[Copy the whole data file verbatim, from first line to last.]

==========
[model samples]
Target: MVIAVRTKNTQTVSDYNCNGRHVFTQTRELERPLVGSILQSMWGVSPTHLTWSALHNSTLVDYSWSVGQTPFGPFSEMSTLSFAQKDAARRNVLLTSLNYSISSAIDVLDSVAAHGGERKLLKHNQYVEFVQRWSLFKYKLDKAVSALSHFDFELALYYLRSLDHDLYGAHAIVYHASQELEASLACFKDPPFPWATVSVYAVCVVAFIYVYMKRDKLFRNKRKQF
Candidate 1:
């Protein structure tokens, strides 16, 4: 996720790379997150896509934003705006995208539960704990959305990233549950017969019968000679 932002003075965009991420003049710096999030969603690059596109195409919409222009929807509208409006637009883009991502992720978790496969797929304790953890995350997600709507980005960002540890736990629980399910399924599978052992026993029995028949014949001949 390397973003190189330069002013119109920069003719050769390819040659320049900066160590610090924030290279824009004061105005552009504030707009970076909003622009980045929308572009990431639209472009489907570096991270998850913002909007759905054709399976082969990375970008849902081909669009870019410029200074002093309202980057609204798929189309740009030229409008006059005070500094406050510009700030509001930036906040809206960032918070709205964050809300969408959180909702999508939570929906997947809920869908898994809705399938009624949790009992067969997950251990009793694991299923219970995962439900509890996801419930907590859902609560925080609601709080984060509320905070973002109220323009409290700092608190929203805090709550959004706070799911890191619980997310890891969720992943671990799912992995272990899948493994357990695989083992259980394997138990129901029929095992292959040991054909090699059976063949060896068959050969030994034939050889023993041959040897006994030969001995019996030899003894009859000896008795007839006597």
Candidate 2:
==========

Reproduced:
[model samples]
Target: MVIAVRTKNTQTVSDYNCNGRHVFTQTRELERPLVGSILQSMWGVSPTHLTWSALHNSTLVDYSWSVGQTPFGPFSEMSTLSFAQKDAARRNVLLTSLNYSISSAIDVLDSVAAHGGERKLLKHNQYVEFVQRWSLFKYKLDKAVSALSHFDFELALYYLRSLDHDLYGAHAIVYHASQELEASLACFKDPPFPWATVSVYAVCVVAFIYVYMKRDKLFRNKRKQF
Candidate 1:
């Protein structure tokens, strides 16, 4: 996720790379997150896509934003705006995208539960704990959305990233549950017969019968000679 932002003075965009991420003049710096999030969603690059596109195409919409222009929807509208409006637009883009991502992720978790496969797929304790953890995350997600709507980005960002540890736990629980399910399924599978052992026993029995028949014949001949 390397973003190189330069002013119109920069003719050769390819040659320049900066160590610090924030290279824009004061105005552009504030707009970076909003622009980045929308572009990431639209472009489907570096991270998850913002909007759905054709399976082969990375970008849902081909669009870019410029200074002093309202980057609204798929189309740009030229409008006059005070500094406050510009700030509001930036906040809206960032918070709205964050809300969408959180909702999508939570929906997947809920869908898994809705399938009624949790009992067969997950251990009793694991299923219970995962439900509890996801419930907590859902609560925080609601709080984060509320905070973002109220323009409290700092608190929203805090709550959004706070799911890191619980997310890891969720992943671990799912992995272990899948493994357990695989083992259980394997138990129901029929095992292959040991054909090699059976063949060896068959050969030994034939050889023993041959040897006994030969001995019996030899003894009859000896008795007839006597």
Candidate 2: